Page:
The Rainbow Dragon: Gay Pride in Bhutan

Oct 06, 2010
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Contrary to its penal code, the Bhutanese mindset is open when it comes to gays and lesbians, who have the freedom to do as they wish.


126 Bhutan may only have a population of half a million but it's a largely progressive and gay friendly society. (Photo: Debby Ng)

June was Gay Pride Month. I really wanted to attend at least one of the festivals to show my support and interest but I didn't manage to get to any. Anyhow, I hoped to spreak to Dr. Jeffrey Hopkins someday – a gay Buddhist scholar, author and Professor Emeritus of Tibetan and Buddhist Studies at the University of Virginia. He gave a talk about being gay in a Buddhist community and I was very curious about what he would have to say.

While Bhutan is a very traditional society, we are also very accommodating and open. We are very liberal when it comes to women, sex and divorce and given that our ancient traditions and customs (unlike many traditional ones) do not discriminate or ostracize people based on faith, race, or gender. Bhutan has been extremely progressive on many fronts, even when compared with the rest of the world, and it’s something we take great pride in.

Though gay, lesbian and transgender issues have never been discussed in the forefront, it’s not to say that they don’t exist. Like everything else in Bhutanese society, we make no big issue out of it. If you are one, you simply are. There are no hate mongering or public branding. Just as women have the right to do what they want and choose to live as they please, gays and lesbians have the freedom to do as they wish.

As in any society, people will gossip and talk. This can be particularly damaging in a fish-bowl society (Bhutan has a population of half a million) where every person (regardless of class, race, gender, occupation) can become the subject of gossip and rumours. That is about the only reason I can think of to explain why gay, lesbians and transgender people may be hesitant to come out.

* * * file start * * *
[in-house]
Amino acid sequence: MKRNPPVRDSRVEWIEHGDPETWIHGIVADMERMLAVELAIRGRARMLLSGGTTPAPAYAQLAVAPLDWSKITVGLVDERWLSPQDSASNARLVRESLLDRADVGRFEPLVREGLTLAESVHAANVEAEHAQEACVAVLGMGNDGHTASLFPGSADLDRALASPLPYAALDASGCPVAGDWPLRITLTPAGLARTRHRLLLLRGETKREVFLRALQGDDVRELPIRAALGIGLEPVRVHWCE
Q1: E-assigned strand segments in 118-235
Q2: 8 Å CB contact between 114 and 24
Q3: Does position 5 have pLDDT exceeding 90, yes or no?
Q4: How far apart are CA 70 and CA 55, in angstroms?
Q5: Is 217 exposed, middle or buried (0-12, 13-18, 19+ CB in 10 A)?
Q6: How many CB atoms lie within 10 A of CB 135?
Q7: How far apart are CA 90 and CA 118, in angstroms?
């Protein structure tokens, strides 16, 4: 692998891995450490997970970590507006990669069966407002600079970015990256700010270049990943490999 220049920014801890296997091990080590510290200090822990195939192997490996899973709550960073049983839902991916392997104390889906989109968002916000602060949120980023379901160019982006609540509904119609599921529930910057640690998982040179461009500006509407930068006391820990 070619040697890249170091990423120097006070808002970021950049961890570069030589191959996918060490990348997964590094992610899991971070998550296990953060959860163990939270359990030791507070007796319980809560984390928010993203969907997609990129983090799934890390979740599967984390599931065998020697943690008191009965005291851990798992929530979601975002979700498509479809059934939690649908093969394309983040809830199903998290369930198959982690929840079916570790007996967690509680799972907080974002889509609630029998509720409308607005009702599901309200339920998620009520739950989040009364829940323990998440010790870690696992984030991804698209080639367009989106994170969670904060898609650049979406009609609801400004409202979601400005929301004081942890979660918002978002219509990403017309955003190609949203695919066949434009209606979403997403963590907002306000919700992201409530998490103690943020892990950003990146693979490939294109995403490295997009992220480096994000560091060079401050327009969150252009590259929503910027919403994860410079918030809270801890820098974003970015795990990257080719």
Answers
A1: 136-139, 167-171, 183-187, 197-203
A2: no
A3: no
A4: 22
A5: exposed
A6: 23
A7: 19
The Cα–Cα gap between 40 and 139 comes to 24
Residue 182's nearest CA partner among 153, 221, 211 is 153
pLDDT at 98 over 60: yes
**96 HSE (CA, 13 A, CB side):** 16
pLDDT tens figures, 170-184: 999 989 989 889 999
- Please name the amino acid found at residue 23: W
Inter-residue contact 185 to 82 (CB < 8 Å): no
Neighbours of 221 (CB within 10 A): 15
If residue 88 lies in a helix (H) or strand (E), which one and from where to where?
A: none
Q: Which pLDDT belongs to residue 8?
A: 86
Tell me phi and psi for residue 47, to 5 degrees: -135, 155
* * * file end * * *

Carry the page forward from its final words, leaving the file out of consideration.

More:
Lesbians may number more than gay men, because women are likely to feel more comfortable to come out than Bhutanese men.

“The door to the closet in Bhutan is slowly swinging open...” starts an article in Bhutan Observer about a young cross-dressing woman eager to talk about her experiences of being in many relationships with other women. Apparently she was even married ("marriage" here means civil union) a couple of times to women who were aware of her sexuality.

Another article reports that lesbians may number more than gay men, because women are likely to feel more comfortable to come out than Bhutanese men (says a lot about Bhutanese women!). Keeping in mind that society is extremely tolerant of these issues it comes as a surprise that the government would have a penal code that spells the very opposite of what Bhutanese society is or does.

In the case of women and abortion, the Penal Code of Bhutan – which never took a moral stand on issues on abortion before – suddenly came out and deemed abortion a punishable crime (unless for reasons listed in the Penal Code). I sometimes wonder why we have such a legislation in the first place when it is totally (deliberately?) not enforced. What are we trying to prove and who are we trying to kid? Do we think that by making such a law our moral image is raised? I think it would be better if legislation was dictated by what society condones or has no aversions to. Such is the case with homosexuality.

I went through the Penal Code curious to see what it said about homosexuals. I even asked a member of Parliament what our official standing on the issue was. The Penal Code says nothing about it except under Article 213, UNNATURAL SEX: A defendant shall be guilty of unnatural sex, if the defendant engages in sodomy or any other sexual conduct that is against the order of nature.

What is sexual conduct that is against the order of nature? Against the order of nature might mean BESTIALITY which according to Article 209 states that a defendant shall be guilty of bestiality if it concerns sexual acts with an animal. But since that is already spelled out in 209 then what is 213 trying to say?

When I asked a member of Parliament about the ambiguity of this law, I was told: "the prevailing laws are silent on the issue. It more or less sounds like homosexuality is not illegal. However, marrying in the court may not be allowed (of course, this is just my own interpretation)."

Herein lies the danger of having such an article that is open to interpretation. A person/lawmaker who is against homosexuality can interpret it in anyway he/she might want to and because of this it could not only lead to crimes against homosexuals and transgenders, but it would also prevent a person (gay, lesbian or transgender) from seeking protection should a crime be brought against him/her.

This kind of law (like the one on abortion) is not a reflection of Bhutanese society. The Bhutan I know is very tolerant and not the least bothered about penalizing a person for what he or she does in his/her personal life. So as Gay Pride month came and went, it left me wondering why our government would want to tarnish its own image when it has one of the most progressive and accepting societies to begin with.


Sonam Ongmo is a Bhutanese writer based in New York.


This post was originally published on Dragon Tales in July 2010.